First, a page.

Honda Odyssey Forum banner

1 - 8 of 8 Posts

·
Registered
2015 EX-L
Joined
·
4 Posts
Discussion Starter #1
Hello Club,

I’ve got a 2015 EX-L with 75,000 miles, just purchased used about 4 months ago. Since I’ve been an ody club member, I’ve been convinced that a muzzler would be beneficial.

So, a couple of questions...
As a CA resident, it’s not a walk in the park to get the VCM tuner II (If you’re a CA resident, maybe you know what I’m talking about). I had my heart set on the tuner II, but CA emissions regulations will allow me to get I, but not the other.
How does the tuner I compare to the tuner II?
Hypothetically, if I had the tuner II in my county and state, I would have to remove it every two years to perform an emissions test. The tuner I has been CARB exempt by the state and could stay on indefinitely.

Second question...
Obviously my ody is right at the mileage point when the VCM starts causing problems. The tuner isn’t going to prevent damage that’s already been done, but it’s still going to be beneficial, right? Wondering what to have the mechanic check when I take it to get serviced eventually (probably during its first oil change in my care).

I love love love my EX-L. I would love love love to drive it until the wheels fall off, so I want to keep it running for as long as possible.

Thanks for your thoughts and advice!
 

·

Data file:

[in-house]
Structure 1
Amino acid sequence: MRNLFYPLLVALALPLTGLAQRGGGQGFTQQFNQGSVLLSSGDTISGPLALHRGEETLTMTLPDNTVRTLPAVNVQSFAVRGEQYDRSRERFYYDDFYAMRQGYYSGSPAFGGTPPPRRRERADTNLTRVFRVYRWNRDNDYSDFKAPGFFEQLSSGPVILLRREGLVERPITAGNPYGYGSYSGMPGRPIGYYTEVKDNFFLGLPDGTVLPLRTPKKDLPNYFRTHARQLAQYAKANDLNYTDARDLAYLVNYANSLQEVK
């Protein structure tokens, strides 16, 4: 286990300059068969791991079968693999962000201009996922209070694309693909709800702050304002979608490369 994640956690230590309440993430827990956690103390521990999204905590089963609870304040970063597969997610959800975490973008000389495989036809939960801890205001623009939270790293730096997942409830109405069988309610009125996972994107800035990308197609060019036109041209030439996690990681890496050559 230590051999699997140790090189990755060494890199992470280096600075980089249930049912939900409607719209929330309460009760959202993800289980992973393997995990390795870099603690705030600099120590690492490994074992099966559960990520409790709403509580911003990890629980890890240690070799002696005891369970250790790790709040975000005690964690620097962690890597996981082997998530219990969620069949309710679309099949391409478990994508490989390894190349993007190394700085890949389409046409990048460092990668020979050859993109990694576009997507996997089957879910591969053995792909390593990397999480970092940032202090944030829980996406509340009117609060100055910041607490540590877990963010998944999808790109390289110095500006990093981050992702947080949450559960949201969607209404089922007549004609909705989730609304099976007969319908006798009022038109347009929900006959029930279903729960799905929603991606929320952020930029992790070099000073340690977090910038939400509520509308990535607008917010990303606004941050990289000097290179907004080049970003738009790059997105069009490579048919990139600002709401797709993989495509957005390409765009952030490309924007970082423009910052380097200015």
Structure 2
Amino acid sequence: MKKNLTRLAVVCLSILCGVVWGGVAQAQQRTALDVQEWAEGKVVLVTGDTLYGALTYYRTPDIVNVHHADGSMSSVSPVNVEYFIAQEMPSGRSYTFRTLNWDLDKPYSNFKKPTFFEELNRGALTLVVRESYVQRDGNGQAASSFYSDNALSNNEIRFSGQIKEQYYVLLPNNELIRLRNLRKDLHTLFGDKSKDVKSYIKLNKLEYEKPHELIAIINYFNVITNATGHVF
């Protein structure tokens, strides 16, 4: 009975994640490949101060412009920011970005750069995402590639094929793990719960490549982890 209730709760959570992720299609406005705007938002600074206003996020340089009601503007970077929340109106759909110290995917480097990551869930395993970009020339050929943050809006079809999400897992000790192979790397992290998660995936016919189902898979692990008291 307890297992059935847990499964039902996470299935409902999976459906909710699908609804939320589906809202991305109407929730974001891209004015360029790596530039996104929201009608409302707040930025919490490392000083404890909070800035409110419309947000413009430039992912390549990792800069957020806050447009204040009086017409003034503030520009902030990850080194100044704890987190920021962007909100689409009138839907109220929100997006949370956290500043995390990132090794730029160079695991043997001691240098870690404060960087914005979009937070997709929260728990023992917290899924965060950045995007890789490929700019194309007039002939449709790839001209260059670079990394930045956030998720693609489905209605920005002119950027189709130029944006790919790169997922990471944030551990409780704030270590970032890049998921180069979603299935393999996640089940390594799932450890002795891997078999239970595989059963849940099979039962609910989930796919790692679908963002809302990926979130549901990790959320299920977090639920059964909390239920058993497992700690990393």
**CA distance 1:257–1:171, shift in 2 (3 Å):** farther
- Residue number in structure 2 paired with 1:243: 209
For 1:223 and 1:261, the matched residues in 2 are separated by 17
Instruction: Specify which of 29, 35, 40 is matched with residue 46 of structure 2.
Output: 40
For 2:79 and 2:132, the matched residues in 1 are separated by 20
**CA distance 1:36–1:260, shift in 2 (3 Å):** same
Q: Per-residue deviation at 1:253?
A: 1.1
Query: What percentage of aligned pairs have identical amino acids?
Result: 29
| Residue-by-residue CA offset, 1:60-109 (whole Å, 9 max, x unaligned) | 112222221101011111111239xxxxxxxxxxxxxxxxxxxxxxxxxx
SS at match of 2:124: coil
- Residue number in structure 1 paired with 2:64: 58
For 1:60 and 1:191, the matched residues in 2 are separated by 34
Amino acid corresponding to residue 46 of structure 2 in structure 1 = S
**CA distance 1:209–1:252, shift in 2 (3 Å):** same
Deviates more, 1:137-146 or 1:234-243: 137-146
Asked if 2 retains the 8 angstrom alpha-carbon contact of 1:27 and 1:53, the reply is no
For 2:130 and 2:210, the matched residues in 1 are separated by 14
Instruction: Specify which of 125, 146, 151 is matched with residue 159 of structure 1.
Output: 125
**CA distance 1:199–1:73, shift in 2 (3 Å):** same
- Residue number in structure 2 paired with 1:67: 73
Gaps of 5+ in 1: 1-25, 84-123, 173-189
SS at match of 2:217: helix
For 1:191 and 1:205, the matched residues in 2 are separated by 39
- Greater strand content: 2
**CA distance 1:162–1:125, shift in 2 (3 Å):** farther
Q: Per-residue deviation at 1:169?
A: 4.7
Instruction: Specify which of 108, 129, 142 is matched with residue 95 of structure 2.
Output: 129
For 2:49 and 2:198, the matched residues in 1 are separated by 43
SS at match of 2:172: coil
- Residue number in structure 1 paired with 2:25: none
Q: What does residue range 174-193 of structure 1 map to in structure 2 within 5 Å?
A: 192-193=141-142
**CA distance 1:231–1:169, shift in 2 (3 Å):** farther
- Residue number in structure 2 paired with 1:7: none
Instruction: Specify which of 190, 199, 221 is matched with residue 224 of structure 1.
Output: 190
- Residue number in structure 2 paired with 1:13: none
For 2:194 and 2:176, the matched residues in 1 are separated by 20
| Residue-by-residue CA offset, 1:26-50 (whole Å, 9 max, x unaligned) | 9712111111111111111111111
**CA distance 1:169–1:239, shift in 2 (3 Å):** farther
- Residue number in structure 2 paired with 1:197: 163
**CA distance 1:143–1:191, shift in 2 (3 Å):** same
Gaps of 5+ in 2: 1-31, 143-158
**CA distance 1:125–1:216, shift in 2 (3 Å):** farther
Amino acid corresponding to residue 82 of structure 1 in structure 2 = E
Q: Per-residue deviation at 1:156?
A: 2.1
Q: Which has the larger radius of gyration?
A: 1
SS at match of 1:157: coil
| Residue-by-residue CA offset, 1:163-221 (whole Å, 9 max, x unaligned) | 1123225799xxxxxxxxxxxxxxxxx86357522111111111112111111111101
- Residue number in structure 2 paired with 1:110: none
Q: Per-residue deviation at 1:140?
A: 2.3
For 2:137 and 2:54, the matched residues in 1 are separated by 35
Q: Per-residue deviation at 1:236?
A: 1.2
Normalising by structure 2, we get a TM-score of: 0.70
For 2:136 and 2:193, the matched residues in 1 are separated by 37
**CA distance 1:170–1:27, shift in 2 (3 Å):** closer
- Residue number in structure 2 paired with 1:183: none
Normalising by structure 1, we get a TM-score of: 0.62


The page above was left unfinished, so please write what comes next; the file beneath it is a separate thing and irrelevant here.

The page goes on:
Registered
Joined
·
425 Posts
Buy and S-VCM, you're all set.

Or buy a Tuner II, have it shipped to a relative/friend out of state and have them ship it into CA.

Check your plugs, see how ugly they are; replace via your dealer or RockAuto only (lots of fakes out there). Run some SeaFoam or the like through the gas to try and clean up any junk on the VCM cylinders.

And make sure your transmission is serviced! Lots of threads here on this...
 

·
Registered
2016 Touring Elite
Joined
·
1,211 Posts
You'll never have an issue with smog. If it is discretely installed, no smog tech will even see it. They do a visual inspection and plug into the OBD-II system and that's it these days (for new-ish cars). As of now, NONE of the VCM defeating devices are technically legal in California - but since the maker of the VCM Tuner-II is trying to get CARB approval, he is not selling it in California.

Or, just get an SVCM and be done with it (similar price, no shipping hassles). It can easily be deactivated by removing a fuse for the once or twice during your ownership of the van where an idle re-learn is needed. It installs very discretely and easily:



-Charlie
 

·
Registered
Joined
·
14,463 Posts
The original VCMTuner, with the dial, is available in a CARB compliant version. It just has somewhat less adjustability.